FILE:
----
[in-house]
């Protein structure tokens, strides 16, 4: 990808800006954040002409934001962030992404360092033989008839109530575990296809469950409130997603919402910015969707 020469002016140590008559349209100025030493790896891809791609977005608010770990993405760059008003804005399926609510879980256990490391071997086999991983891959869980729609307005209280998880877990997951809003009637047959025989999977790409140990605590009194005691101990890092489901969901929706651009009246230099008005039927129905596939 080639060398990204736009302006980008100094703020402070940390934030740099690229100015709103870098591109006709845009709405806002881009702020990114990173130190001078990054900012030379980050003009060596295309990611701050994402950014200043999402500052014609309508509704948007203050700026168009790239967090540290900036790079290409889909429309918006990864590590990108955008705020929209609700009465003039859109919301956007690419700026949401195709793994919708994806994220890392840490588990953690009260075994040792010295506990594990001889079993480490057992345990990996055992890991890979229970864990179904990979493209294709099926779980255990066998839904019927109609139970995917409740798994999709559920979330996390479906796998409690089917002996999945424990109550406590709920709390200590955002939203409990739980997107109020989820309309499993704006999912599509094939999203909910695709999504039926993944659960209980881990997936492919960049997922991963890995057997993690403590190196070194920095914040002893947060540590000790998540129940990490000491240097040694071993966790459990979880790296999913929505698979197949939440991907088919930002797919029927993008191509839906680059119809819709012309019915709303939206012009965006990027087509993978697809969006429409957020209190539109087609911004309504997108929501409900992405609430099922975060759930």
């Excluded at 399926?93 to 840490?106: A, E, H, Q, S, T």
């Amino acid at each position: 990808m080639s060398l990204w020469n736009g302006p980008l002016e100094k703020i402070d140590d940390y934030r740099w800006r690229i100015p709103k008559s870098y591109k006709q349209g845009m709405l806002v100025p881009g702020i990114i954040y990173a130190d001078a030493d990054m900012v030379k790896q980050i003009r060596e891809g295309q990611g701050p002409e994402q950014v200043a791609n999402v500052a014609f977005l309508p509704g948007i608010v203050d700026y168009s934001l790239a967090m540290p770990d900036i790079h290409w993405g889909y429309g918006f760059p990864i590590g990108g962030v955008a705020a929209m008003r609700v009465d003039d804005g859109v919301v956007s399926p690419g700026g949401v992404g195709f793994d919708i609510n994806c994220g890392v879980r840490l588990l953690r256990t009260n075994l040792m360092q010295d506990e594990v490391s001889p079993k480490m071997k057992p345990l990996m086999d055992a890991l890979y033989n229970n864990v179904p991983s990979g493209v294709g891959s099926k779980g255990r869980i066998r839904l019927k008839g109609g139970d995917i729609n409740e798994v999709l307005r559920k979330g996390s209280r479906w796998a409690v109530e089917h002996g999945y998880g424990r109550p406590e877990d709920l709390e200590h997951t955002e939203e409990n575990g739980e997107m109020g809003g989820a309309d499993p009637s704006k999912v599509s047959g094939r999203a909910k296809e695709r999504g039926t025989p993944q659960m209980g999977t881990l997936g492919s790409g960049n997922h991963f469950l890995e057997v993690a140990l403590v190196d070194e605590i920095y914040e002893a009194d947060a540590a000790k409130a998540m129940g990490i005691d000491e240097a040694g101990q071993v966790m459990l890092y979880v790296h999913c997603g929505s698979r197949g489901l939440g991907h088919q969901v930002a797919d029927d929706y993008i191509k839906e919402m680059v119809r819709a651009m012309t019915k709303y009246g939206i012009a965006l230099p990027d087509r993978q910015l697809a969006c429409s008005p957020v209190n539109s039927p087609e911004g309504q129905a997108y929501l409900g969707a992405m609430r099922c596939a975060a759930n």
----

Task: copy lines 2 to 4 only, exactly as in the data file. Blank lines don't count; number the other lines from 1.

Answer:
């Protein structure tokens, strides 16, 4: 990808800006954040002409934001962030992404360092033989008839109530575990296809469950409130997603919402910015969707 020469002016140590008559349209100025030493790896891809791609977005608010770990993405760059008003804005399926609510879980256990490391071997086999991983891959869980729609307005209280998880877990997951809003009637047959025989999977790409140990605590009194005691101990890092489901969901929706651009009246230099008005039927129905596939 080639060398990204736009302006980008100094703020402070940390934030740099690229100015709103870098591109006709845009709405806002881009702020990114990173130190001078990054900012030379980050003009060596295309990611701050994402950014200043999402500052014609309508509704948007203050700026168009790239967090540290900036790079290409889909429309918006990864590590990108955008705020929209609700009465003039859109919301956007690419700026949401195709793994919708994806994220890392840490588990953690009260075994040792010295506990594990001889079993480490057992345990990996055992890991890979229970864990179904990979493209294709099926779980255990066998839904019927109609139970995917409740798994999709559920979330996390479906796998409690089917002996999945424990109550406590709920709390200590955002939203409990739980997107109020989820309309499993704006999912599509094939999203909910695709999504039926993944659960209980881990997936492919960049997922991963890995057997993690403590190196070194920095914040002893947060540590000790998540129940990490000491240097040694071993966790459990979880790296999913929505698979197949939440991907088919930002797919029927993008191509839906680059119809819709012309019915709303939206012009965006990027087509993978697809969006429409957020209190539109087609911004309504997108929501409900992405609430099922975060759930």
């Excluded at 399926?93 to 840490?106: A, E, H, Q, S, T």
């Amino acid at each position: 990808m080639s060398l990204w020469n736009g302006p980008l002016e100094k703020i402070d140590d940390y934030r740099w800006r690229i100015p709103k008559s870098y591109k006709q349209g845009m709405l806002v100025p881009g702020i990114i954040y990173a130190d001078a030493d990054m900012v030379k790896q980050i003009r060596e891809g295309q990611g701050p002409e994402q950014v200043a791609n999402v500052a014609f977005l309508p509704g948007i608010v203050d700026y168009s934001l790239a967090m540290p770990d900036i790079h290409w993405g889909y429309g918006f760059p990864i590590g990108g962030v955008a705020a929209m008003r609700v009465d003039d804005g859109v919301v956007s399926p690419g700026g949401v992404g195709f793994d919708i609510n994806c994220g890392v879980r840490l588990l953690r256990t009260n075994l040792m360092q010295d506990e594990v490391s001889p079993k480490m071997k057992p345990l990996m086999d055992a890991l890979y033989n229970n864990v179904p991983s990979g493209v294709g891959s099926k779980g255990r869980i066998r839904l019927k008839g109609g139970d995917i729609n409740e798994v999709l307005r559920k979330g996390s209280r479906w796998a409690v109530e089917h002996g999945y998880g424990r109550p406590e877990d709920l709390e200590h997951t955002e939203e409990n575990g739980e997107m109020g809003g989820a309309d499993p009637s704006k999912v599509s047959g094939r999203a909910k296809e695709r999504g039926t025989p993944q659960m209980g999977t881990l997936g492919s790409g960049n997922h991963f469950l890995e057997v993690a140990l403590v190196d070194e605590i920095y914040e002893a009194d947060a540590a000790k409130a998540m129940g990490i005691d000491e240097a040694g101990q071993v966790m459990l890092y979880v790296h999913c997603g929505s698979r197949g489901l939440g991907h088919q969901v930002a797919d029927d929706y993008i191509k839906e919402m680059v119809r819709a651009m012309t019915k709303y009246g939206i012009a965006l230099p990027d087509r993978q910015l697809a969006c429409s008005p957020v209190n539109s039927p087609e911004g309504q129905a997108y929501l409900g969707a992405m609430r099922c596939a975060a759930n």